Wisteria Cat Rescue in Walderslade housing 140 cats as cost of living crisis leads to rise in abandoned pets
Rescue centers are struggling to house the animals as the cost of living crisis has caused an increase in abandonment.
Wisteria Cat Rescue in Walderslade is currently home to 140 cats – the highest number ever since its start in 2020 – amid a nationwide problem that has been called the most pressing threat to pet welfare.
Billy Devitt explains cost of living impact on rescue centers
Manager Billy Devitt was forced to put a message on the charity’s answering machine saying it could no longer accommodate felines.
He said: “It’s been awful. Two weeks ago I put this message out there, it was relentless. Unfortunately we have to prioritize emergencies.
“I sat down to lunch [on Tuesday] and three people just tried to phone to give up their cats because they are moving or because of the cost of living.
“I try to help people keep their pets at home by offering dietary and veterinary advice.”
Research by the RSPCA and Scotland’s SPCA – the Animal Friendliness Index – examined the nation’s attitude towards animals and found that the rising cost of living and ownership is the biggest threat urgent for animal welfare.
In the South East, 70% of people said the cost of caring for their pet had become more expensive over the past 12 months, while 31% said they were worried about being able to afford to s take care of it properly.
Billy added: “It’s definitely peaked right now. I don’t just think it’s cats, it’s all animals. You really have to weather the storm. We find it difficult because the need of our services is so much bigger than we ever imagined. Everyone is in the same boat.
“We’re seeing that there’s actually a slowdown in re-homing. Re-homing has gone down because of the long-term expenses for people.
“I would tell owners, you need to have your animals neutered. The last resort should be to give them up. It’s not an easy process – there are waiting lists.”
He also urged owners to get in touch with charities like his who can offer help with food and medicine and give advice.
Natasha McPhee, from Animals Lost and Found in Kent, said stressed owners were calling for advice because they couldn’t afford to feed their pets. Some are struggling to cover vet bills and are considering using human cleansers and creams to treat them.
She said: “The cost of living has gone up and no one can afford to take care of their pets. It’s ridiculous, everything is going up but not people’s wages.
“People dump animals and leave them behind. All the rescues we’ve spoken to are complete. We focus on rehabilitation and we try to do that, but when we have to bring the animal into a rescue, it doesn’t there is no room.
“We have to relocate them, but if it goes bad and they are brought back, we have nowhere to keep them. It’s really difficult for everyone at the moment.
“Everything has a ripple effect – pet food and kitty litter are getting more expensive. People are really struggling. We’re trying to do our best, but we can’t help everyone.”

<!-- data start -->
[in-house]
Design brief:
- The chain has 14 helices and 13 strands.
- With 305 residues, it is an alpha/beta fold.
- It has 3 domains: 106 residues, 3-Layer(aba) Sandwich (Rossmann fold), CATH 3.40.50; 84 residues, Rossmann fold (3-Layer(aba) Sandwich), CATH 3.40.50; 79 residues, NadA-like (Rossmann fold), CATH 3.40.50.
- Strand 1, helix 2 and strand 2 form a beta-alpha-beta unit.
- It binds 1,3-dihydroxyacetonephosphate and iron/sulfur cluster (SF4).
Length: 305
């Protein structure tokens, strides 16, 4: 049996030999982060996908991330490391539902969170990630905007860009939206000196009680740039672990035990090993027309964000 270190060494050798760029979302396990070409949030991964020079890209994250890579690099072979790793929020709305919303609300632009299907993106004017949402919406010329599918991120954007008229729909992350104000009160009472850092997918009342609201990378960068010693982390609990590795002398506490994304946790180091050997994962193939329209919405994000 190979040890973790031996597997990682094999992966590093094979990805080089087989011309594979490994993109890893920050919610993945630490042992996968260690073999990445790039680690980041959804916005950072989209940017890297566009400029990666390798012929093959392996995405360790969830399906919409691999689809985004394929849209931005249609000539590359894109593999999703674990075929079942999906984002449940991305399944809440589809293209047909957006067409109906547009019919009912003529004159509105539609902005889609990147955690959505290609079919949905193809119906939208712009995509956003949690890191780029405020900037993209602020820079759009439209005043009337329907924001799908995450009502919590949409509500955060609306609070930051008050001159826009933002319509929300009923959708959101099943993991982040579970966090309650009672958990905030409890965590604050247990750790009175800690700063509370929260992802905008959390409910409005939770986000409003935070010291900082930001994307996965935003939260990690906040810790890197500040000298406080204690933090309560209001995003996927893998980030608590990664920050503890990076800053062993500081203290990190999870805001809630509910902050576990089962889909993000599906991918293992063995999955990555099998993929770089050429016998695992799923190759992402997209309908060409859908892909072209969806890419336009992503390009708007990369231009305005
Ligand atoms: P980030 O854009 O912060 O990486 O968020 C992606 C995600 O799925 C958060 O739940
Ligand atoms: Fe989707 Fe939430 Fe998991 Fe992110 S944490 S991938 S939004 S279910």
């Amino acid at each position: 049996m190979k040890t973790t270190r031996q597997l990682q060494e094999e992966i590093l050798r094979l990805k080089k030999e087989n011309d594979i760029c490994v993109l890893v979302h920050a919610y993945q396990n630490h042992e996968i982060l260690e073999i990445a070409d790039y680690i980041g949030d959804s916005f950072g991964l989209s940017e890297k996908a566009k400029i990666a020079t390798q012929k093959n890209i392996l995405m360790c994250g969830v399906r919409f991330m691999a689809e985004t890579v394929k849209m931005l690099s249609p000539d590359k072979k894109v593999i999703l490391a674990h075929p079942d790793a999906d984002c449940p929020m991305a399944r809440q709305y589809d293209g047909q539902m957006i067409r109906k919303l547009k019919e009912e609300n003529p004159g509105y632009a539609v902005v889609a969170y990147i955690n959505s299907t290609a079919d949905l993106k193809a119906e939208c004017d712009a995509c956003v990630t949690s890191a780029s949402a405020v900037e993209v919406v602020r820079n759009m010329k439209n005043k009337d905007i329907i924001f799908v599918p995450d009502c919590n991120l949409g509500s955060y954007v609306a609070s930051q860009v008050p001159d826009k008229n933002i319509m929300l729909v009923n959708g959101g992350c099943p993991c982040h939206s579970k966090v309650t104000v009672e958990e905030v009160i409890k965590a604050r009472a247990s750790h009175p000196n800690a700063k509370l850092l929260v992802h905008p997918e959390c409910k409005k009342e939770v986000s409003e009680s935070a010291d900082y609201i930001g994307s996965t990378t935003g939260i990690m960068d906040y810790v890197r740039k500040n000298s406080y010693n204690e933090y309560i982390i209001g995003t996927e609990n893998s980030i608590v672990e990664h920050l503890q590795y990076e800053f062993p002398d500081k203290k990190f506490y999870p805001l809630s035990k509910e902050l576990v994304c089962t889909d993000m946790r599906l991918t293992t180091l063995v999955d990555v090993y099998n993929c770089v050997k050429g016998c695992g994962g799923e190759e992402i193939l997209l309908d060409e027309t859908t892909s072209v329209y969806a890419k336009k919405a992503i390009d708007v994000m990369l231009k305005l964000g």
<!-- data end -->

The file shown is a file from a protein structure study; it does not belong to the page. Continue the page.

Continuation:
The Animal Kindness Index also suggests that 18% of owners are worried about the cost of feeding their pets as prices rise across the board.
“Dogs, cats and rabbits are thrown everywhere,” Natasha said. “Some people release them but others throw them in boxes. They should take them to the rescue. I know they are full but put them on the waiting list.
“We have certainly seen an increase in dumping and abandonment of animals. It’s all about it, not just food and water, it’s also their care.
“We are also struggling to cope with declining donations. People are canceling their payments because they cannot feed themselves and their children.
“It has a massive ripple effect. We’re just getting by. We got to our last food pouch the other week and luckily we got a donation just in time, but it’s scratching the barrel. is tough but we all try to keep it up.”
And it’s not just the folks at Medway who are struggling. Ashford Garden Cattery has started offering pet food parcels to anyone in the borough who is struggling.
The RSPCA has also seen an increase in the number of rescued animals in its care, with many shelters already full and others nearing capacity.
In the first five months of this year, the charity has taken in 49% more rabbits, 14% more cats and 3% more dogs than in the same period of 2021, research from “pet abandonment” having doubled this year.
Emma Slawinski, director of advocacy and policy at the RSPCA, said: “It’s great that our research has confirmed that we are a nation of animal lovers, however, we cannot ignore the stark suggestion that the crisis The cost of living is the biggest threat to pets in the UK today.
“We are on the brink of an animal welfare crisis due to the increase in pet ownership during the pandemic, coupled with cost of living pressures – especially for those on low incomes. It is absolutely heartbreaking.
“We are starting to see the ripple effects of this as we and other charities predicted. Tragically we are starting to see an increase in pet abandonment and an increasing number of cats and rabbits rescued and entrusted to our care.
“It is worrying that 33% of pet owners have experienced problems with their pets that they did not expect and unfortunately we are now seeing an increase in the number of pets that come to us. are entrusted, many because owners find it difficult to afford to pay for behavioral support, veterinary care or even to feed their pets.
“The RSPCA and the Scottish SPCA are prioritizing animals most in need of neglect and cruelty and urging all pet owners who are struggling to seek help in resolving issues as soon as possible so that problems don’t get out of hand.”